The OPEN minute newsletter / COVID-19 in Neonates and Infants
January 12, 2023

COVID-19 in Neonates and Infants

Coronavirus disease 2019 is caused by severe acute respiratory syndrome coronavirus 2 (SARS-CoV-2). Although children seem to have less severe clinical symptoms of the disease, the potential harm of this disease remains largely unknown, especially in neonates. The data suggest that severe illness is more common in neonates and infants than in older children.

According to the CDC’s latest publications, the incubation period of SARS-CoV-2 is about the same for children as in adults, at 2-14 days with an average of 6 days. Signs or symptoms of COVID-19 in children include fever, fatigue, myalgia, cough, nasal congestion or rhinorrhea, poor appetite or feeding, shortness of breath, or difficulty breathing.

There were more than 200 neonates and infants with positive Covid19 PCR tests hospitalized in our clinic during the 2020-2021 years. The most frequent symptoms were fever, cough, dyspnea, catarrhal signs, vomiting, loss of appetite, and weakness. 74.2% were diagnosed with nasopharyngitis, 13.6 % had bronchiolitis, 10.6% had pneumonia, and 1.5% had enterocolitis. Although most of the hospitalized cases were mild or moderate, there were 3 cases of ischemic stroke among neonates, 2 cases of severe thrombocytopenia, and a few cases of reactive thrombocytosis.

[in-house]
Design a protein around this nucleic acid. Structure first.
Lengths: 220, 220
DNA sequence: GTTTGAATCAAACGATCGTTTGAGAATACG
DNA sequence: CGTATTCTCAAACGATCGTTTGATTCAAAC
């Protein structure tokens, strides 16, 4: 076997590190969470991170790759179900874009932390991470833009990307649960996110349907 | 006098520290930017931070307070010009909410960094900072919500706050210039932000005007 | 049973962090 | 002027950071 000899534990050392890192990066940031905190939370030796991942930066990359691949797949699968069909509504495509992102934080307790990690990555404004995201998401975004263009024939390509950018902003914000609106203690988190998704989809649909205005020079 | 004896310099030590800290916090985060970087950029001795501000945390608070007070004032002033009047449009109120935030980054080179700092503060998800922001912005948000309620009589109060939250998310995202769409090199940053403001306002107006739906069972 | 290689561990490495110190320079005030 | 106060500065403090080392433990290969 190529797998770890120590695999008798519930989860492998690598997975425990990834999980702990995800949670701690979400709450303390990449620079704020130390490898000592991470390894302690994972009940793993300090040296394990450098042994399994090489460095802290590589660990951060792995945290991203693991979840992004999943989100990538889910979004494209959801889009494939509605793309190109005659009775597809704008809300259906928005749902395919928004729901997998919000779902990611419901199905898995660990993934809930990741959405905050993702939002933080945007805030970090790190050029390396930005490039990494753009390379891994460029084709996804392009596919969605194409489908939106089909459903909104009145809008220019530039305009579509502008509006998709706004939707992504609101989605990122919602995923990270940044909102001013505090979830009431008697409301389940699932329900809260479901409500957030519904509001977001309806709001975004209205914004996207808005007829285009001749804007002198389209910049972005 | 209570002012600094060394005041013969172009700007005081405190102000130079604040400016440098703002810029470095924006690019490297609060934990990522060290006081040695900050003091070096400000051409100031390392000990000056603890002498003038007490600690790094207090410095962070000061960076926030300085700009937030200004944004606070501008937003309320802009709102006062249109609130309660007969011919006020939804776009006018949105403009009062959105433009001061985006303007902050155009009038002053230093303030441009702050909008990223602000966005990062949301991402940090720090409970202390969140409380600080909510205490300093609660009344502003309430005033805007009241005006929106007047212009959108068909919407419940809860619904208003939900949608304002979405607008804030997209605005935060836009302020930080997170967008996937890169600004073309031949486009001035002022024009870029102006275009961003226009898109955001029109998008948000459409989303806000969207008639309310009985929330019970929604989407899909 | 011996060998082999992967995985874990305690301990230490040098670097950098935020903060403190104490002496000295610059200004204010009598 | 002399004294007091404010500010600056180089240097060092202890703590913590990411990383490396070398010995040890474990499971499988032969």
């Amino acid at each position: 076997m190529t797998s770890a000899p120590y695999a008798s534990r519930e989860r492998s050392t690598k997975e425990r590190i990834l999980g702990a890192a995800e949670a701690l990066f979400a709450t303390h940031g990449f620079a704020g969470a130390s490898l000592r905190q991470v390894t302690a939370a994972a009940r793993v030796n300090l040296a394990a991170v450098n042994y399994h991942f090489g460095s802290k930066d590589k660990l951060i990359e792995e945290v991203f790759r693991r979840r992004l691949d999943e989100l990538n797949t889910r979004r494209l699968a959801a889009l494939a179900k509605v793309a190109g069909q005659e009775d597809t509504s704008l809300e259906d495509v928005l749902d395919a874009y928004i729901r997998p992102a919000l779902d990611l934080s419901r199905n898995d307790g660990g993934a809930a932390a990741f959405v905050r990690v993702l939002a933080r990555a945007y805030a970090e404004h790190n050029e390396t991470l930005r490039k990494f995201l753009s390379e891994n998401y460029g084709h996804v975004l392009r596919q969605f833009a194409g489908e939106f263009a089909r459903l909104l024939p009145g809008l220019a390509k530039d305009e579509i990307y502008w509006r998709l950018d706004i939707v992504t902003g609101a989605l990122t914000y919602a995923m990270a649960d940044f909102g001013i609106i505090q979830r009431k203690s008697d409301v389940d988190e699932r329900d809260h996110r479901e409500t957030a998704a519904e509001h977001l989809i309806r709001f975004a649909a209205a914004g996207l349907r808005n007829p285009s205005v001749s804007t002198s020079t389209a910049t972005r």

Data from our clinic about the clinical characteristics of Covid19 among neonates and infants is identical to the international data, and the mortality rate is very low in this age group.

Despite intense research, it remains unclear why neonates mainly experience mild symptoms and have lower mortality rates. The presence of a few severe cases identifies the necessity of further follow-up of this age group of Covid-19 infected patients.


Hope this helps!


Best regards,

Anahit Grigoryan, Pediatric department N1, Muratsan University Hospital

References and Resources
  • National Center for Immunization and Respiratory Diseases (NCIRD), Division of Viral Diseases. Information for pediatric healthcare providers. Centers for Disease Control and Prevention. October 19, 2022. Accessed December 28, 2022.
  • Children and COVID-19: state-level data report. American Academy of Pediatrics (AAP). Updated December 22, 2022. Accessed December 28, 2022.
  • Hoang A, Chorath K, Moreira A, et al. COVID-19 in 7780 pediatric patients: A systematic review. EClinicalMedicine. 2020;24:100433. Published 2020 Jun 26. doi:10.1016/j.eclinm.2020.100433
  • Bellino S, Punzo O, Rota MC, et al. COVID-19 Disease Severity Risk Factors for Pediatric Patients in Italy. Pediatrics. 2020;146(4):e2020009399. doi:10.1542/peds.2020-009399
  • Kitano T, Kitano M, Krueger C, et al. The differential impact of pediatric COVID-19 between high-income countries and low- and middle-income countries: A systematic review of fatality and ICU admission in children worldwide. PLoS One. 2021;16(1):e0246326. Published 2021 Jan 29. doi:10.1371/journal.pone.0246326
  • Image Source: “A new born baby” by is licensed under Freepik License.
OPEN Recommended Reading

Subscribe to Our Newsletter

"*" indicates required fields